• How to load own kernel modules into the iOS kernel
  • How to write Code for your iDevice
  • Damn Vulnerable iOS Kernel Extension
Low Level ARM / ARM64
  • Differences between ARM and ARM64
  • Exception Handling
  • Hardware Page Tables
  • Special Registers used by iOS
  • PAN and Pointer Authentication
  • ...
iOS Kernel Source Code
  • Structure of the Kernel Source Code
  • Where to look for Vulnerabilities
  • Implementation of Mitigations
  • MAC Policy Hooks, Sandbox, Entitlements, Code Signing
  • ...
iOS Kernel Reversing
  • Structure of the Kernel Binary
  • Finding Important Structures
  • Porting Symbols
  • Closed Source Kernel Parts and How to analyze them
  • ...
iOS Kernel Debugging
  • Panic Dumps
  • Using the KDP Kernel Debugger (hands on tasks limited to 30 pin devices)
  • Extending the Kernel Debugger (KDP++)
  • Debugging with own Patches
  • Kernel Heap Debugging/Visualization (new software package)
iOS Kernel Heap
  • In-Depth Explanation of How the Kernel Heap works (including all the changes in iOS 12)
  • Different techniques to control the kernel heap layout (including non-public ones)
  • Discuss weaknesses in current heap implementation
iOS Kernel Exploit Mitigations
  • Discussion of all the iOS Kernel Exploit Mitigations introduced
  • Discussion of various weaknesses in these protections
iOS Kernel Vulnerabilities and their Exploitation
  • Full walkthrough through exploitation of multiple prior known iOS memory corruption vulnerabilities
  • Analysis of public exploits and discussion how to improve them
  • Overview over different vulnerability types commonly found in iOS kernel and exploit strategies
  • Part of the training will be to reimplement bits and pieces of an iOS 11 kernel exploit
iOS Kernel Jailbreaking
  • Discussion of kernel patch protection KTRR / KPP
  • Discussion of how recent iOS jailbreaks deal with kernel patch protection
Handling of New Devices
  • Discussion of necessary steps to port exploits from old to new devices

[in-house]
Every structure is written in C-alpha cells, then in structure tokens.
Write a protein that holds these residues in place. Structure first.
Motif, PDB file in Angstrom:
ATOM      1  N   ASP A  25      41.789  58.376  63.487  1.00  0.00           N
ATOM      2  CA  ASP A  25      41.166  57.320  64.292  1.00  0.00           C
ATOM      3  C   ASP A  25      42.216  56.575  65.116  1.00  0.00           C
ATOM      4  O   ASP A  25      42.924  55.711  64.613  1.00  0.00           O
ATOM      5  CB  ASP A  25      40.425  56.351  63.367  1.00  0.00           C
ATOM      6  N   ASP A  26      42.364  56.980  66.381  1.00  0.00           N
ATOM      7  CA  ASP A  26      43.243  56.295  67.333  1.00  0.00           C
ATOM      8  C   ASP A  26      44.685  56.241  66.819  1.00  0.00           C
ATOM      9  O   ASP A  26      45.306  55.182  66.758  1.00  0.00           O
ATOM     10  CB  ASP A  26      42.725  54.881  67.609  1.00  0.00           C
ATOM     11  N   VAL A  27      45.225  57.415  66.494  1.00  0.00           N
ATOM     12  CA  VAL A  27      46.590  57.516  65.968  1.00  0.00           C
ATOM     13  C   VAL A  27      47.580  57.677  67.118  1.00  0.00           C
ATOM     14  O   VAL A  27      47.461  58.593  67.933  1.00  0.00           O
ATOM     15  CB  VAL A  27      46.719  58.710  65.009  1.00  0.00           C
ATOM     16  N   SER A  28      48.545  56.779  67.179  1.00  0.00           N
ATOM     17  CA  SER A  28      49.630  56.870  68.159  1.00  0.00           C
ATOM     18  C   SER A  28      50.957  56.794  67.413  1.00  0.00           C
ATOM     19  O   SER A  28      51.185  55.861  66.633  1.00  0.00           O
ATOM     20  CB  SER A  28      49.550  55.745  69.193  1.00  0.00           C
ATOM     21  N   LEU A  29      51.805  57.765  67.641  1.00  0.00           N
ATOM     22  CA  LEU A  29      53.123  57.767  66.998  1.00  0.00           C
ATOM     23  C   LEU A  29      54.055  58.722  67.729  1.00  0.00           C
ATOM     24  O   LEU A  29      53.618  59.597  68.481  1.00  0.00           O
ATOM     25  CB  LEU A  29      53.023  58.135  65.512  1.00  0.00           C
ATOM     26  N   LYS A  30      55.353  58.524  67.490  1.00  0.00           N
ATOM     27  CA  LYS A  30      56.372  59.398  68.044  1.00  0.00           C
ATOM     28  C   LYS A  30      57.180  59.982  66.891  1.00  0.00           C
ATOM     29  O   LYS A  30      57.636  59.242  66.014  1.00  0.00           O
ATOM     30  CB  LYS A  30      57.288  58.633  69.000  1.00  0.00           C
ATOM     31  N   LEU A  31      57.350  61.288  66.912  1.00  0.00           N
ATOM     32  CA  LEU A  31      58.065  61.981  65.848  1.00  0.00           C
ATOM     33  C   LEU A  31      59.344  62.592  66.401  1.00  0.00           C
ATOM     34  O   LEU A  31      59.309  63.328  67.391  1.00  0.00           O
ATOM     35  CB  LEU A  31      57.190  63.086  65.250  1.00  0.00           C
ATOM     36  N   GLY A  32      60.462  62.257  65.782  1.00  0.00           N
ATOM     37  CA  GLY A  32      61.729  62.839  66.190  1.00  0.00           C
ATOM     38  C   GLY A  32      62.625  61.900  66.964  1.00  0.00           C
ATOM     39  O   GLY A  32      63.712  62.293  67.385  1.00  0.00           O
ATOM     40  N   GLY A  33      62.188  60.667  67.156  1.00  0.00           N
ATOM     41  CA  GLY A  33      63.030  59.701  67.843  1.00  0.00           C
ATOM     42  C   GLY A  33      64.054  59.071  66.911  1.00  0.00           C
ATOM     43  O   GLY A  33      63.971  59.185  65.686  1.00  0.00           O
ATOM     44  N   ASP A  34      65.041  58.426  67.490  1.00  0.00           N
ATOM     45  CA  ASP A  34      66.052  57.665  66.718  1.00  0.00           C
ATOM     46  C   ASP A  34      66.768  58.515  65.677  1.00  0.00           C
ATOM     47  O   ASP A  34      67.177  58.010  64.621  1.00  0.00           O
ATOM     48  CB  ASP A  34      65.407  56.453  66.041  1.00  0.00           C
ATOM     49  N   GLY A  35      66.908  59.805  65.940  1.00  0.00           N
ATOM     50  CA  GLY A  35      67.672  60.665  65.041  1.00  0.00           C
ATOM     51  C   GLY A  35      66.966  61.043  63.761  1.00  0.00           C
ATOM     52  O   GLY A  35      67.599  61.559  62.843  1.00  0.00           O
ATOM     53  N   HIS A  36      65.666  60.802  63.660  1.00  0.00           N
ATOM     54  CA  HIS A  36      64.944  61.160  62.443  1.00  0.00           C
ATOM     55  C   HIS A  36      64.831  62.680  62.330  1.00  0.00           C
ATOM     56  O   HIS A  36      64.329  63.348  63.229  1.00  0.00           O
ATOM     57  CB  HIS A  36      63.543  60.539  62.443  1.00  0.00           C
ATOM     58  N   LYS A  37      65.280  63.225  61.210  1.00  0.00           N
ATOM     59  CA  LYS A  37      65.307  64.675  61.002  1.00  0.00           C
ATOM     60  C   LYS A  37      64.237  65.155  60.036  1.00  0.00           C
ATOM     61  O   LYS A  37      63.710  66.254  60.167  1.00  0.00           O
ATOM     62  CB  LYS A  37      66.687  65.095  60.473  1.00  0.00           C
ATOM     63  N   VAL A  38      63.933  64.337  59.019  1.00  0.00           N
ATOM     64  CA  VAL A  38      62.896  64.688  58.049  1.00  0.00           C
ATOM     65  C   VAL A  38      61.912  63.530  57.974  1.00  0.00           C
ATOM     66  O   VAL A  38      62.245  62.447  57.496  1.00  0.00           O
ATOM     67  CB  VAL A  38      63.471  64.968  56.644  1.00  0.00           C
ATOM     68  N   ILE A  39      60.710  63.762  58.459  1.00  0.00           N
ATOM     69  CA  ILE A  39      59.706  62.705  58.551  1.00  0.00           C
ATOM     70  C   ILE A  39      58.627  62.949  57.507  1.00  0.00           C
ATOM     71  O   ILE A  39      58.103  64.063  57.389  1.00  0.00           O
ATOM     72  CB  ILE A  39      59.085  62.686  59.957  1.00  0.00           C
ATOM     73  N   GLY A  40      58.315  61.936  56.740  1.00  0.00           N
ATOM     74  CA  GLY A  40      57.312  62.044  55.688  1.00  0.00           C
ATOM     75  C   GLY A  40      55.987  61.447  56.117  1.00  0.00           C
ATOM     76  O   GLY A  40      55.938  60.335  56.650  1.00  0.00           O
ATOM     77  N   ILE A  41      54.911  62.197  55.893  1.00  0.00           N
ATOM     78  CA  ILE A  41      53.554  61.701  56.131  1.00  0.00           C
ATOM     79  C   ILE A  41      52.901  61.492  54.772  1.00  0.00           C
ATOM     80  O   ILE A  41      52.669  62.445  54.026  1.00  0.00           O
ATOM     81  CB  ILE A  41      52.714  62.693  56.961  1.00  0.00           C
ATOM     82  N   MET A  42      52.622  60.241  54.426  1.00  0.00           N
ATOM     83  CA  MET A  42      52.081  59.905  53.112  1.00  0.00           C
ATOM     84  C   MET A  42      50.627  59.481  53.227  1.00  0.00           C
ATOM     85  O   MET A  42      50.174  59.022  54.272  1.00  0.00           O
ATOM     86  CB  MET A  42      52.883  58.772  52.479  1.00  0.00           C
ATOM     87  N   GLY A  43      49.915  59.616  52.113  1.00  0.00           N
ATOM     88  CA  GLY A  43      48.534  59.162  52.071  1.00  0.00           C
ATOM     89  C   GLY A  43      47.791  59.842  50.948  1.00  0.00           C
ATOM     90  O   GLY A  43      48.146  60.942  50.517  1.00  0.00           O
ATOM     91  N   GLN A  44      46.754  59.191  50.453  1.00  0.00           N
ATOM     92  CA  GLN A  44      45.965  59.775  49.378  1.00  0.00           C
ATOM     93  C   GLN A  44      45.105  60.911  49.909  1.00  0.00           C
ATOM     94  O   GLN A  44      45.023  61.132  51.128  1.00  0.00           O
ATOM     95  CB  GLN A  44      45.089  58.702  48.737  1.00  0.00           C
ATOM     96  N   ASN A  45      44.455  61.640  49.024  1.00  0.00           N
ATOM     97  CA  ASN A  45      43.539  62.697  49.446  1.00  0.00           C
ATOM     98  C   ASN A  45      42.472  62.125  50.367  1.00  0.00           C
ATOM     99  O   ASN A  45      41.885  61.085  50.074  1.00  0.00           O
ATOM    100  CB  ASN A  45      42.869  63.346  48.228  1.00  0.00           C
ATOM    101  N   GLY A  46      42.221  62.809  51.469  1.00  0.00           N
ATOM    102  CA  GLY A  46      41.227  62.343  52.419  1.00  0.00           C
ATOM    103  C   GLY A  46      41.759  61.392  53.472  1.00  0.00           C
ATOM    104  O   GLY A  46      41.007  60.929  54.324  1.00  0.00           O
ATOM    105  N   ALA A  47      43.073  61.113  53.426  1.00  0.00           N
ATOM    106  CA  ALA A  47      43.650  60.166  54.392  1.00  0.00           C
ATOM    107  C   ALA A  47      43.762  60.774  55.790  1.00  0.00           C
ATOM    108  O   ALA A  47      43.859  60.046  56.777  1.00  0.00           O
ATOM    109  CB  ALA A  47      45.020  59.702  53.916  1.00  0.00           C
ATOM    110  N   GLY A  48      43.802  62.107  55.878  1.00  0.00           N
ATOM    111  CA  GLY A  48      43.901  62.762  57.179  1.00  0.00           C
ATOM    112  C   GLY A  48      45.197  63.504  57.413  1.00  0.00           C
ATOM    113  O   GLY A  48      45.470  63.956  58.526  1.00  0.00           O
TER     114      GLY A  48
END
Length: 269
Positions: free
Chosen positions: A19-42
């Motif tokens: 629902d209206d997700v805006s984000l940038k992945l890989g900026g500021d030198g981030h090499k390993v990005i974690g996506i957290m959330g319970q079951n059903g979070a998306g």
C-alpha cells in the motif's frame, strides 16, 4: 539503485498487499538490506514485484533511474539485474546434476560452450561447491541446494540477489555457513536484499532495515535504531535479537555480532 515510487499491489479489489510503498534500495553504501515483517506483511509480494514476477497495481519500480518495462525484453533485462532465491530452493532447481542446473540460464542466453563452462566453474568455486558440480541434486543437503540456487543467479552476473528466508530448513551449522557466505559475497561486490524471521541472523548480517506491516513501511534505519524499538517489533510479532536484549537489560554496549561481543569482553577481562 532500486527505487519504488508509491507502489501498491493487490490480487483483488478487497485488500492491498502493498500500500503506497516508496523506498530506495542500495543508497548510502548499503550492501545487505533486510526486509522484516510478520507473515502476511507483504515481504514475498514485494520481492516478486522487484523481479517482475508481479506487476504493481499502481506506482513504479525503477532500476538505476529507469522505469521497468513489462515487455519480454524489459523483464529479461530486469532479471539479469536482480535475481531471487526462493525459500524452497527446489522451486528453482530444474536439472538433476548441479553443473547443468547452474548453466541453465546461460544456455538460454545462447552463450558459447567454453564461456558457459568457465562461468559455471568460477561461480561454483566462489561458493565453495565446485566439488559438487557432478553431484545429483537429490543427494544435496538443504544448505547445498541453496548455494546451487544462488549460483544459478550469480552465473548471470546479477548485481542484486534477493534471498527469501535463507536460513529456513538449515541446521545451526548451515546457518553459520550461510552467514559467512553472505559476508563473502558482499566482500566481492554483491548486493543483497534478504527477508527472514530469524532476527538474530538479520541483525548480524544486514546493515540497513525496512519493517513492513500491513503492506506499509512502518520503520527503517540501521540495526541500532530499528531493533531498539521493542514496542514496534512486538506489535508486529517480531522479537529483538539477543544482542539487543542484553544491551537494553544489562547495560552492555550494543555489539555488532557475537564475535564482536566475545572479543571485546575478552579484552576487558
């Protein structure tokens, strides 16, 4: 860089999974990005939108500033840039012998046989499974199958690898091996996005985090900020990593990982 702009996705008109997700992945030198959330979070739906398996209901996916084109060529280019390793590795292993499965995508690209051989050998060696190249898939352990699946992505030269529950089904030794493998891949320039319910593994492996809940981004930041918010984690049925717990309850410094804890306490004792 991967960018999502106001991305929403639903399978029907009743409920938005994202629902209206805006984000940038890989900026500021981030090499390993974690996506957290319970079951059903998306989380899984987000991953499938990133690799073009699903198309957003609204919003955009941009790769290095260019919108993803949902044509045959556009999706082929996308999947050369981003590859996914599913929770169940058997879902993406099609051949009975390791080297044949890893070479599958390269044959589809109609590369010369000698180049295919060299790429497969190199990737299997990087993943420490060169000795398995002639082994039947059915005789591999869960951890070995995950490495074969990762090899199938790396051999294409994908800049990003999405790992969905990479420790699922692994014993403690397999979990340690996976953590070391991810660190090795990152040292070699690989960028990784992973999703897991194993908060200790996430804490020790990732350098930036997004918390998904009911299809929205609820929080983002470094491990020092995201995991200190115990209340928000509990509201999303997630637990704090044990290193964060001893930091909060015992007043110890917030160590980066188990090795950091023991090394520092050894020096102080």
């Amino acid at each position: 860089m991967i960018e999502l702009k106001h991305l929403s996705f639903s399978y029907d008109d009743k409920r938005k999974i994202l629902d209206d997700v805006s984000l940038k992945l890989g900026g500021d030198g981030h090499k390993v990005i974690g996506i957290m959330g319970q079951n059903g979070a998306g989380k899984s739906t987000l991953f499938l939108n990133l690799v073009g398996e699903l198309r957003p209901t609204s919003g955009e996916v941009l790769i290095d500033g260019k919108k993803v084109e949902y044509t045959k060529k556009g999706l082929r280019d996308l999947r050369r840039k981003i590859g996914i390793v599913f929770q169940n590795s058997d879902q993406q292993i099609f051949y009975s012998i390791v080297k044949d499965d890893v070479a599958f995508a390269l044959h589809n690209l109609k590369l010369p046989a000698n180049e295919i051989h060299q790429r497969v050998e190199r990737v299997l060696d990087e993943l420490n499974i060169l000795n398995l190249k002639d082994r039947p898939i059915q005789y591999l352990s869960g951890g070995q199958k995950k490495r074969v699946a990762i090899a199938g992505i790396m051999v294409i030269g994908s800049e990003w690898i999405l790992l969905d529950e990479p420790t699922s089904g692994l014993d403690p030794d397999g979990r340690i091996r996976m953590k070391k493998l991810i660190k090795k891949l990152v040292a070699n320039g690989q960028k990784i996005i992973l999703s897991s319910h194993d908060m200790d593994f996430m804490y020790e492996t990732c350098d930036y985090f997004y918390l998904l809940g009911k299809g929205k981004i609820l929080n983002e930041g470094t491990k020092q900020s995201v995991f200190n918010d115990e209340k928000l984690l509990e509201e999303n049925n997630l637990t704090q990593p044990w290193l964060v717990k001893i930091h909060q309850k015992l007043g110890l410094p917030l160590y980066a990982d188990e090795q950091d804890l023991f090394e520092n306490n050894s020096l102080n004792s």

Training Takeaways
  • The whole training material (multiple hundred slides) will be handed to the students in digital form.
  • Trainees will get a license for our software and scripts that are used during the training that allows usage but not redistribution of said software.

About Instructor

Stefan Esser is best known in the security community as the PHP security guy. Since he became a PHP core developer in 2002 he devoted a lot of time to PHP and PHP application vulnerability research. However in his early days he released lots of advisories about vulnerabilities in software like CVS, Samba, OpenBSD or Internet Explorer. In 2003 he was the first to boot Linux directly from the hard disk of an unmodified XBOX through a buffer overflow in the XBOX font loader. In 2004 he founded the Hardened-PHP Project to develop a more secure version of PHP, known as Hardened-PHP, which evolved into the Suhosin PHP Security System in 2006. Since 2007 he works as head of research and development for the German web application company SektionEins GmbH that he co-founded. In 2010 he did his own ASLR implementation for Apples iOS and shifted his focus to the security of the iOS kernel and iPhones in general. Since then he has spoken about the topic of iOS security at various information security conferences around the globe. In 2012 he co-authored the book the iOS Hackers Handbook. Since then he focuses on the security of the MacOS and iOS kernel and teaches these topics in trainings all around the world.